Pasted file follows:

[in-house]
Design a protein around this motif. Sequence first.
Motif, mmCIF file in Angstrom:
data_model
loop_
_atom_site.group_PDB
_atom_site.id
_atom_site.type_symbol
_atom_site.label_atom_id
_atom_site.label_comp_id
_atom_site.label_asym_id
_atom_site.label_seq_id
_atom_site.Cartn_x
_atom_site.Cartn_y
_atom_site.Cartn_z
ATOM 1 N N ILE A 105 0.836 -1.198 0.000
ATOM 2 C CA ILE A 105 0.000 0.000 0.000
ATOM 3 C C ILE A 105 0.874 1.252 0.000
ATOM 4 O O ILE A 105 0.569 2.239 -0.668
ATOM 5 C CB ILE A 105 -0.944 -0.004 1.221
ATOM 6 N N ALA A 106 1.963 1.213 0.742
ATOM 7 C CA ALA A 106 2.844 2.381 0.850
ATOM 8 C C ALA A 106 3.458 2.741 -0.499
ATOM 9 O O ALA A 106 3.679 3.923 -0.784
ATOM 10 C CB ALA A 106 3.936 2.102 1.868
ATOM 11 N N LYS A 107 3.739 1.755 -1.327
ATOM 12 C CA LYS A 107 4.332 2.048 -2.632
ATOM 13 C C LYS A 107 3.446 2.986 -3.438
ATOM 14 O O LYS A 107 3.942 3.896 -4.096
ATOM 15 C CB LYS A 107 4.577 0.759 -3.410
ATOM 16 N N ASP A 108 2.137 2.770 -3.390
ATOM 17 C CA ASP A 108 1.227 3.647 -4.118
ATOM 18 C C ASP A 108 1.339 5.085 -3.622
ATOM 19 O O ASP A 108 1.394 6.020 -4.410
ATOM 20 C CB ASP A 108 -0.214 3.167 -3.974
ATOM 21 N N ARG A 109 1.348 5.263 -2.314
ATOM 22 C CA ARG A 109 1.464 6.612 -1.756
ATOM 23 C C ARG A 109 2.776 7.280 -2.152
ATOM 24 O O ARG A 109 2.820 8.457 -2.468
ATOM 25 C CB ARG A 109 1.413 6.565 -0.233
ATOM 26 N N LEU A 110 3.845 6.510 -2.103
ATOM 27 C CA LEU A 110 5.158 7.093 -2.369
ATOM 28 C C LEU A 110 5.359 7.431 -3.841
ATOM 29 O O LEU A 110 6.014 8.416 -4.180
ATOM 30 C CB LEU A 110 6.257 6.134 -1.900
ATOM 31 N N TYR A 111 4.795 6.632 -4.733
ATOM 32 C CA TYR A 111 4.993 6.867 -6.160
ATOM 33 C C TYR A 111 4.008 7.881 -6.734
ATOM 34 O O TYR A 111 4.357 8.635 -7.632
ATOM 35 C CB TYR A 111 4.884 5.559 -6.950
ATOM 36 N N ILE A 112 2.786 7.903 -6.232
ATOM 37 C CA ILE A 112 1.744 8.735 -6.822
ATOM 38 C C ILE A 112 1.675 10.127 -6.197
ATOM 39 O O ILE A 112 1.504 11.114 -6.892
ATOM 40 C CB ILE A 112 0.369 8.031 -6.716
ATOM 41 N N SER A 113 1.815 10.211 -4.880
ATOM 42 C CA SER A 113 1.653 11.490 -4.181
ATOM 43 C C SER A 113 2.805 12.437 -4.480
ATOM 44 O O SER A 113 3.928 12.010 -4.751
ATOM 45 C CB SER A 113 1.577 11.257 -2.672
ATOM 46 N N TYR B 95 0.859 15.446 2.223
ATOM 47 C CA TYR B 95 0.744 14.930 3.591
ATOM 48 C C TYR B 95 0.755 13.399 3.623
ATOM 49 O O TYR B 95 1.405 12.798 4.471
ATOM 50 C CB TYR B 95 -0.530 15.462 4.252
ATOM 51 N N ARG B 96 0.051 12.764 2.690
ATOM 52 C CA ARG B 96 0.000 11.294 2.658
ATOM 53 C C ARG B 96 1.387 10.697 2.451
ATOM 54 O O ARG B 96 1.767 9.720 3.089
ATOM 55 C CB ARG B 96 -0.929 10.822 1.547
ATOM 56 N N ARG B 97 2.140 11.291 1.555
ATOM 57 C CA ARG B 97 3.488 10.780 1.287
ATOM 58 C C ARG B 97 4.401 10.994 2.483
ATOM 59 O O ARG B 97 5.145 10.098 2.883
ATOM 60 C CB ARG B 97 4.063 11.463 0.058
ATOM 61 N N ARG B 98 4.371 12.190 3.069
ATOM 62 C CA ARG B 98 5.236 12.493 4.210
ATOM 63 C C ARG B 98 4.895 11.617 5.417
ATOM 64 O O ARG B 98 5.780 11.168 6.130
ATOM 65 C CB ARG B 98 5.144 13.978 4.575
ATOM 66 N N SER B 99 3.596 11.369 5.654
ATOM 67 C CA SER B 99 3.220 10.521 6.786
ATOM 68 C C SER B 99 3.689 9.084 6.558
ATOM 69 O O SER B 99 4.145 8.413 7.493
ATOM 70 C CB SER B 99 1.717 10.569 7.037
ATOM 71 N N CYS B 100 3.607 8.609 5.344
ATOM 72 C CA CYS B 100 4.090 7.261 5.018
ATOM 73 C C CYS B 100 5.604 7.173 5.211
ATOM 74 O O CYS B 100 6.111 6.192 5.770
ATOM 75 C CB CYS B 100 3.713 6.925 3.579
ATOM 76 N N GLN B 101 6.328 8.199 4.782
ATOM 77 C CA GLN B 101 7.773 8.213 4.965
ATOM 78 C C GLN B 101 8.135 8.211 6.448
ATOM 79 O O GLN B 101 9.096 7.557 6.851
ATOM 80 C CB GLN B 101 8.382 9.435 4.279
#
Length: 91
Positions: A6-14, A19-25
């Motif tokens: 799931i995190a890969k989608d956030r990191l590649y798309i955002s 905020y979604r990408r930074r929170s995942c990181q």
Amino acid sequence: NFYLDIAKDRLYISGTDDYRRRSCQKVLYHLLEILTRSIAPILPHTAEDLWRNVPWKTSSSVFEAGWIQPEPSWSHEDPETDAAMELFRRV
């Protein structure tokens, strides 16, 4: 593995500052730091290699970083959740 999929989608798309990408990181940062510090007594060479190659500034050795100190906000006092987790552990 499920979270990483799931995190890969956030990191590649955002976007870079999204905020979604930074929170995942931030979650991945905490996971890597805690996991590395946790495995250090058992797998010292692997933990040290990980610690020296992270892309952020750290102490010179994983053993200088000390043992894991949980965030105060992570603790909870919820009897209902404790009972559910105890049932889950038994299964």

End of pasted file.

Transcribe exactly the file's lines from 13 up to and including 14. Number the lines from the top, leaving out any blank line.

_atom_site.Cartn_x
_atom_site.Cartn_y